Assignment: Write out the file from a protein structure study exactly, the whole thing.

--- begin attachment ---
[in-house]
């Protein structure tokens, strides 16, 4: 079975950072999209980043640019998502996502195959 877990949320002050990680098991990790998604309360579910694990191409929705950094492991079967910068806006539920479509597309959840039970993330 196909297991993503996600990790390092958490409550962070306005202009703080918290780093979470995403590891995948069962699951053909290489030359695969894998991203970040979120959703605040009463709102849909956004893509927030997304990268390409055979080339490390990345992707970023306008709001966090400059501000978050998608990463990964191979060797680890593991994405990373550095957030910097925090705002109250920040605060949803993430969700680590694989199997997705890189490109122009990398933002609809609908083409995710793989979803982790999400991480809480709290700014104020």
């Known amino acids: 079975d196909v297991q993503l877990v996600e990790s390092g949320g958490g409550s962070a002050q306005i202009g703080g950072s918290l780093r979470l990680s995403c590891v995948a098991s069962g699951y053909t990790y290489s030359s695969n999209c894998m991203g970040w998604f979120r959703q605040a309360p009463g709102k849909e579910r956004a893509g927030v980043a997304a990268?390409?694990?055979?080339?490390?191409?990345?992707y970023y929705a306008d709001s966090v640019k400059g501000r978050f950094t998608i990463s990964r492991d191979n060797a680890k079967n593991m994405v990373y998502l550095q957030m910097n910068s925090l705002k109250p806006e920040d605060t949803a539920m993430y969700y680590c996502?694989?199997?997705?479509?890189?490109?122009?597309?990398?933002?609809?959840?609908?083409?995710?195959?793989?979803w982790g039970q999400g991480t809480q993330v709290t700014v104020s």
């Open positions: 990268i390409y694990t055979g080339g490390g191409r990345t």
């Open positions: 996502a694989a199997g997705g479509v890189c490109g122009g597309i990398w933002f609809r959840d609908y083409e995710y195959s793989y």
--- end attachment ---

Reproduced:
[in-house]
């Protein structure tokens, strides 16, 4: 079975950072999209980043640019998502996502195959 877990949320002050990680098991990790998604309360579910694990191409929705950094492991079967910068806006539920479509597309959840039970993330 196909297991993503996600990790390092958490409550962070306005202009703080918290780093979470995403590891995948069962699951053909290489030359695969894998991203970040979120959703605040009463709102849909956004893509927030997304990268390409055979080339490390990345992707970023306008709001966090400059501000978050998608990463990964191979060797680890593991994405990373550095957030910097925090705002109250920040605060949803993430969700680590694989199997997705890189490109122009990398933002609809609908083409995710793989979803982790999400991480809480709290700014104020």
């Known amino acids: 079975d196909v297991q993503l877990v996600e990790s390092g949320g958490g409550s962070a002050q306005i202009g703080g950072s918290l780093r979470l990680s995403c590891v995948a098991s069962g699951y053909t990790y290489s030359s695969n999209c894998m991203g970040w998604f979120r959703q605040a309360p009463g709102k849909e579910r956004a893509g927030v980043a997304a990268?390409?694990?055979?080339?490390?191409?990345?992707y970023y929705a306008d709001s966090v640019k400059g501000r978050f950094t998608i990463s990964r492991d191979n060797a680890k079967n593991m994405v990373y998502l550095q957030m910097n910068s925090l705002k109250p806006e920040d605060t949803a539920m993430y969700y680590c996502?694989?199997?997705?479509?890189?490109?122009?597309?990398?933002?609809?959840?609908?083409?995710?195959?793989?979803w982790g039970q999400g991480t809480q993330v709290t700014v104020s």
């Open positions: 990268i390409y694990t055979g080339g490390g191409r990345t």
């Open positions: 996502a694989a199997g997705g479509v890189c490109g122009g597309i990398w933002f609809r959840d609908y083409e995710y195959s793989y």